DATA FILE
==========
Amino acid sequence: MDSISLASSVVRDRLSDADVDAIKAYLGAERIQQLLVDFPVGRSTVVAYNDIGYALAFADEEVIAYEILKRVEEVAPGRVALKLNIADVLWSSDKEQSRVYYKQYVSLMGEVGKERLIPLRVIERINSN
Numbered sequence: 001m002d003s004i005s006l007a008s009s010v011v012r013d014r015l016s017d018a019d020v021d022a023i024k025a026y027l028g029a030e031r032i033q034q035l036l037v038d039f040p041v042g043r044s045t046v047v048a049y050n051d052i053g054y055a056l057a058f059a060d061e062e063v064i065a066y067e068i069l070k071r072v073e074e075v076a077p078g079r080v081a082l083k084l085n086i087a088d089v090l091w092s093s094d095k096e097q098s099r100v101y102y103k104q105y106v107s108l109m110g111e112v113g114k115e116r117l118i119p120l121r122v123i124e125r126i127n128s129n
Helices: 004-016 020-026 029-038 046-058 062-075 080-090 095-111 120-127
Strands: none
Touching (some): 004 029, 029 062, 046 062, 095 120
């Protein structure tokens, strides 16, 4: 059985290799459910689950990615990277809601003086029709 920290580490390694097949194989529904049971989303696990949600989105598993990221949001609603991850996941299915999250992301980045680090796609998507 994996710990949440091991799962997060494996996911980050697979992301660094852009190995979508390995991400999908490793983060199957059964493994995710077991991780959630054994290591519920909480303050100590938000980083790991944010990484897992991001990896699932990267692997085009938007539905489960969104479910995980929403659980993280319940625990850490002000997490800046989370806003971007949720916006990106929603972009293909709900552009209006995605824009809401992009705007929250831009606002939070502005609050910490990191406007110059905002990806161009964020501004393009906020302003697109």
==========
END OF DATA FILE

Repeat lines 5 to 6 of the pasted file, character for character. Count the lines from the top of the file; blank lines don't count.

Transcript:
Touching (some): 004 029, 029 062, 046 062, 095 120
């Protein structure tokens, strides 16, 4: 059985290799459910689950990615990277809601003086029709 920290580490390694097949194989529904049971989303696990949600989105598993990221949001609603991850996941299915999250992301980045680090796609998507 994996710990949440091991799962997060494996996911980050697979992301660094852009190995979508390995991400999908490793983060199957059964493994995710077991991780959630054994290591519920909480303050100590938000980083790991944010990484897992991001990896699932990267692997085009938007539905489960969104479910995980929403659980993280319940625990850490002000997490800046989370806003971007949720916006990106929603972009293909709900552009209006995605824009809401992009705007929250831009606002939070502005609050910490990191406007110059905002990806161009964020501004393009906020302003697109």